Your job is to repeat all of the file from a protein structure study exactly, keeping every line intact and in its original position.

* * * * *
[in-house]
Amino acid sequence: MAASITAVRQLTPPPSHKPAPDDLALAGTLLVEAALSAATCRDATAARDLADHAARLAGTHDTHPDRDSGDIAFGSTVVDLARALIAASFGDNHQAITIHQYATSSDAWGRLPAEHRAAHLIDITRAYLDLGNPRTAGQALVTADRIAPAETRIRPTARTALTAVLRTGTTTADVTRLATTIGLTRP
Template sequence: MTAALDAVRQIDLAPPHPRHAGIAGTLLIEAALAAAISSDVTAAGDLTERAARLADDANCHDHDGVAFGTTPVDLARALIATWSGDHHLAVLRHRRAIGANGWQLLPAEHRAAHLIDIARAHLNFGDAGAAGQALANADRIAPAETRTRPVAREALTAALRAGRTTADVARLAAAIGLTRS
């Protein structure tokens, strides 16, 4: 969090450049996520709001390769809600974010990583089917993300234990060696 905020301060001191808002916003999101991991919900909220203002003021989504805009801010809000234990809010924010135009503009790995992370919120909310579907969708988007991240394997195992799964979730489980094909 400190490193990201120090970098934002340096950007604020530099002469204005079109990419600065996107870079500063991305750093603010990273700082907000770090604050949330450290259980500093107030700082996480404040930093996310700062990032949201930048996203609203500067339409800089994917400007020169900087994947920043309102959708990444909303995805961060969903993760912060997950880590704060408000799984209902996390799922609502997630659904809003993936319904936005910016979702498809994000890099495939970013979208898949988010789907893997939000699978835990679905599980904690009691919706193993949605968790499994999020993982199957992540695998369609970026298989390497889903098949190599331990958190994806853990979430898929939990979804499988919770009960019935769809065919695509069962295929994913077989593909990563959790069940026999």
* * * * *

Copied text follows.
[in-house]
Amino acid sequence: MAASITAVRQLTPPPSHKPAPDDLALAGTLLVEAALSAATCRDATAARDLADHAARLAGTHDTHPDRDSGDIAFGSTVVDLARALIAASFGDNHQAITIHQYATSSDAWGRLPAEHRAAHLIDITRAYLDLGNPRTAGQALVTADRIAPAETRIRPTARTALTAVLRTGTTTADVTRLATTIGLTRP
Template sequence: MTAALDAVRQIDLAPPHPRHAGIAGTLLIEAALAAAISSDVTAAGDLTERAARLADDANCHDHDGVAFGTTPVDLARALIATWSGDHHLAVLRHRRAIGANGWQLLPAEHRAAHLIDIARAHLNFGDAGAAGQALANADRIAPAETRTRPVAREALTAALRAGRTTADVARLAAAIGLTRS
């Protein structure tokens, strides 16, 4: 969090450049996520709001390769809600974010990583089917993300234990060696 905020301060001191808002916003999101991991919900909220203002003021989504805009801010809000234990809010924010135009503009790995992370919120909310579907969708988007991240394997195992799964979730489980094909 400190490193990201120090970098934002340096950007604020530099002469204005079109990419600065996107870079500063991305750093603010990273700082907000770090604050949330450290259980500093107030700082996480404040930093996310700062990032949201930048996203609203500067339409800089994917400007020169900087994947920043309102959708990444909303995805961060969903993760912060997950880590704060408000799984209902996390799922609502997630659904809003993936319904936005910016979702498809994000890099495939970013979208898949988010789907893997939000699978835990679905599980904690009691919706193993949605968790499994999020993982199957992540695998369609970026298989390497889903098949190599331990958190994806853990979430898929939990979804499988919770009960019935769809065919695509069962295929994913077989593909990563959790069940026999």